Mostly I post about movies I like. Sometimes I dislike a movie so much that I feel have to post about it. Other times, I dislike one so much that I decide just to ignore it.
This was the case with writer-director Martin McDonagh's Three Billboards Outside Ebbing, Missouri (a great title, by the way. Although henceforth it will be shortened to Three Billboards).
But the movie has received such acclaim that I've become rather annoyed, and decided to state my case for the record.
Let me start by saying that I thought Sam Rockwell's performance, as dumb-ass deputy Dixon, was outstanding, and I was delighted that he won an Oscar for it.
What's more, throughout most of the film I thought I was watching a masterpiece. It was hilarious, disturbing, emotionally complex... But then towards the end it fell apart so completely that the entire enterprise collapsed.
And revealed that the movie was a big bag of emptiness. It pretends that it is serious and deep and profound. Only to betray the audience by turning out to be shallow, phony and nothing but a gimmicky show-off piece of junk.
And this betrayal is utterly fatal because the movie needs to be serious and deep and profound, since it is dealing with such grave material.
It tells the story of Frances McDormand as Mildred, a mother dealing with guilt and grief after the horrible fate of her teenage daughter ("raped while dying").
It also delves deep into human suffering elsewhere, tenderly depicting the terminal illness and suicide of Sheriff Willoughby (Woody Harrelson).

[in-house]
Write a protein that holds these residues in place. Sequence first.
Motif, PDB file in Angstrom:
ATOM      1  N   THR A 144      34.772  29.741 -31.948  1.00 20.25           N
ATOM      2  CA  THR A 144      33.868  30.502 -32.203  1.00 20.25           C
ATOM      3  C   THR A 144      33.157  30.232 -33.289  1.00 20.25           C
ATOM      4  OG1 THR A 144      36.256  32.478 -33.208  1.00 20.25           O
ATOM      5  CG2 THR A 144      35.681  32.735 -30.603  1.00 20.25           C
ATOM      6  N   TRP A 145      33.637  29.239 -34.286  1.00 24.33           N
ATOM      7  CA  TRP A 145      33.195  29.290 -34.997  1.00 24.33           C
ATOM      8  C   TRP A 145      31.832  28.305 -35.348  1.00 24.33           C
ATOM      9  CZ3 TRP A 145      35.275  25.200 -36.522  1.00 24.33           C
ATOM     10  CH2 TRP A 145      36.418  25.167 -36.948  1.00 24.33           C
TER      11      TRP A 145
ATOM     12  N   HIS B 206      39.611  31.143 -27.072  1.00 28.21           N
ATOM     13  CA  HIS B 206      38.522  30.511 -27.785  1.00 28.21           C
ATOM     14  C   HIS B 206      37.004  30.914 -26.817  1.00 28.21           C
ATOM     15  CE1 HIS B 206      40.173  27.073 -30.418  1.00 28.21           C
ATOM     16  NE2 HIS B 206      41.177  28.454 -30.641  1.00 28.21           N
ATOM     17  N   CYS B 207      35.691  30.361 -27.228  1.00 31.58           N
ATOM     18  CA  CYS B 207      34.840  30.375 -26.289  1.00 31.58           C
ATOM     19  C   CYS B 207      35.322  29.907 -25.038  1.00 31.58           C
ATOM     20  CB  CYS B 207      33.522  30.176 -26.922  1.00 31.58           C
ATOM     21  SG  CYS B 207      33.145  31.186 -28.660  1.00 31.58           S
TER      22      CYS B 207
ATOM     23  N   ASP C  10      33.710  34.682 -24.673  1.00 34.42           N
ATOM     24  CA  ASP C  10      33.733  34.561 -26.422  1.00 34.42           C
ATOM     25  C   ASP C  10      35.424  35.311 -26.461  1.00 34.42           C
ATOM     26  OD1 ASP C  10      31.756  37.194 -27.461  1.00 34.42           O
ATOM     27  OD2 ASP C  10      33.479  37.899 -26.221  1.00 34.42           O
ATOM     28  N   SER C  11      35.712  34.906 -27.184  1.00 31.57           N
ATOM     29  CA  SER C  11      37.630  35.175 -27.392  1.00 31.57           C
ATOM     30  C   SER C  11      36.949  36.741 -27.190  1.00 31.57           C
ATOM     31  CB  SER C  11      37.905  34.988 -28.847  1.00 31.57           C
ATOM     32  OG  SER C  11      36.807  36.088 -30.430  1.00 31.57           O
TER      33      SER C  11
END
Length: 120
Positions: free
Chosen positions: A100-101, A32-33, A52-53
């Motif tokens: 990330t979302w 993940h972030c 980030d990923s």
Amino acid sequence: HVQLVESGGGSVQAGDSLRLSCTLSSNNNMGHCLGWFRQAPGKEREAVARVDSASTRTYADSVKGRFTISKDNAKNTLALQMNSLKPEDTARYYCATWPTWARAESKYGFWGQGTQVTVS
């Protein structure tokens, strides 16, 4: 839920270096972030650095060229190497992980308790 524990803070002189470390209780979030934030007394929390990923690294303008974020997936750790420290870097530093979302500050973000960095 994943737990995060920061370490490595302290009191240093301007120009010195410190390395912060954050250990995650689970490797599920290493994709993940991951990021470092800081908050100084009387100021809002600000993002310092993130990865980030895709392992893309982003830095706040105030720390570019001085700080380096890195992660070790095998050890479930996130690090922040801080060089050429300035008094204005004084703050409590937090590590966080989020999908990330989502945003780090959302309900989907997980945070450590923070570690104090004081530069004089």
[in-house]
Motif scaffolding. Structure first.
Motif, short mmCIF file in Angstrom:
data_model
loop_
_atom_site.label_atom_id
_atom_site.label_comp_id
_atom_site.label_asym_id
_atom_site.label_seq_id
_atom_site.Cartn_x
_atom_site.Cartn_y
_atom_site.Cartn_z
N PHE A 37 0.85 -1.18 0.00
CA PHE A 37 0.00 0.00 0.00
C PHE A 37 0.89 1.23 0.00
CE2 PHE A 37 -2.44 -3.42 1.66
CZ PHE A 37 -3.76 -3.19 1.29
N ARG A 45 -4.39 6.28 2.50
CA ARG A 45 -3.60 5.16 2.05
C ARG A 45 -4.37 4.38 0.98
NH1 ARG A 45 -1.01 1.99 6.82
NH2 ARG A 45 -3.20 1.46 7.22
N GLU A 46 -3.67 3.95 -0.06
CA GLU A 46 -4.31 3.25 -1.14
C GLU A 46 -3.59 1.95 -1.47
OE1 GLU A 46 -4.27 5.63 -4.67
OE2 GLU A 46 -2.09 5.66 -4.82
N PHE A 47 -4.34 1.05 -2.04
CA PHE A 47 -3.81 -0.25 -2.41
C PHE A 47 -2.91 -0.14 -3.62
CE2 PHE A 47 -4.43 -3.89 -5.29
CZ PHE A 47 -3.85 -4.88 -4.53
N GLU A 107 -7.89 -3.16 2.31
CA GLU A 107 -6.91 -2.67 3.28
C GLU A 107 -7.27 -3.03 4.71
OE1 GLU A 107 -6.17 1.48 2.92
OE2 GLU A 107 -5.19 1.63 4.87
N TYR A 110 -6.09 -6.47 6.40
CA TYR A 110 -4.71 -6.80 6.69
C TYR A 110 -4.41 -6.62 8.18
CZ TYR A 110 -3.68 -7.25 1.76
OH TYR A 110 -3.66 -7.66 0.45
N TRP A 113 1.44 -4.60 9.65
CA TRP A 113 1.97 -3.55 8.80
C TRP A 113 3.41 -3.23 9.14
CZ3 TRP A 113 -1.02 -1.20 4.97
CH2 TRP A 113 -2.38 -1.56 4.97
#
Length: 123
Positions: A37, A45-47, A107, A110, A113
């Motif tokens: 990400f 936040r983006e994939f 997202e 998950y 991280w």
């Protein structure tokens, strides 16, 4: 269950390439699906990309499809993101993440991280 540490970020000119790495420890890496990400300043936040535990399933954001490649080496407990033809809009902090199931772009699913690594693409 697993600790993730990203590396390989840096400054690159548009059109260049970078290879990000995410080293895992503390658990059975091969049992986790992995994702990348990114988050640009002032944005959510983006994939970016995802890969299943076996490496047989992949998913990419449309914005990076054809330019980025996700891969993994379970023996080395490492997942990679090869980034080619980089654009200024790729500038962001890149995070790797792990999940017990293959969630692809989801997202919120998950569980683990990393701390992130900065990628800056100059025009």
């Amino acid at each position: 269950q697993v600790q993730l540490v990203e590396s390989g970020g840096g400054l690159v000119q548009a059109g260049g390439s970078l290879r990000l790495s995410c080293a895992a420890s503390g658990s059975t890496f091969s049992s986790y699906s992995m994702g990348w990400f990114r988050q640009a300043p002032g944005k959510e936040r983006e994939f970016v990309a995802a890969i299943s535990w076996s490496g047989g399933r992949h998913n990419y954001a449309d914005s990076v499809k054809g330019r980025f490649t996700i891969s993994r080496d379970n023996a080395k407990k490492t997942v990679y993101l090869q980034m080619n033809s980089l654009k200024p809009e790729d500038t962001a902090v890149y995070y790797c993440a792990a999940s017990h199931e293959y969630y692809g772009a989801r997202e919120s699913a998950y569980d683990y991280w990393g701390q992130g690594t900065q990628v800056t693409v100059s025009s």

This is such serious subject matter that you can't afford to fuck it up. But fuck it up Martin McDonagh does, and pretty spectacularly, too.
The movie crashes off the rails when Deputy Dixon is apparently released from hospital a week after being admitted with serious burns. And it fails beyond redemption when Dixon and Mildred set off together on a cross-country revenge spree.
They're going to kill this guy who they know was not the attacker of Mildred's daughter. But they've decided he's a rapist — plus he beat up Dixon in a bar fight — so they're going to kill him anyway.
Or maybe they won't.
Certainly not Martin McDonagh who seems to have forgotten the first rule of screenwriting. Movies are all about endings.
Indeed, some people believe that you should start writing a movie with the ending and work your way backwards.
That sure as hell didn't happen here.
What Three Billboards does succeed in doing — laudably and superbly — is setting up
characters whom we expect to be unlikable and unsympathetic, and
then utterly reversing our feelings towards them. It does it first with Willoughby and then, in spades, with Dixon.
Indeed the characters in the film are excellent, and McDonagh's ability to write characters — and dialogue — are his great strengths. What's more, I entirely agree with McDonagh when he says (in this interview) "The character begins from the dialogue."
Which makes it all the more of a pity that the movie fails to live up to its promise. I think the problem is simply that McDonagh leaned too heavily on his skill at dialogue and character (honed in his stage plays) and did too little work on the plot.
Millions of people like, revere — even love — Three Billboards. I was about to make a crack that none of them are screenwriters, though...
However, I realised that I know this to not be true. My dear friend Rona Munro is an amazingly gifted screenwriter. And she adores Three Billboards.
So maybe I'm completely wrong.
But I don't think so.
(Image credits: Seven billboards at Imp Awards.)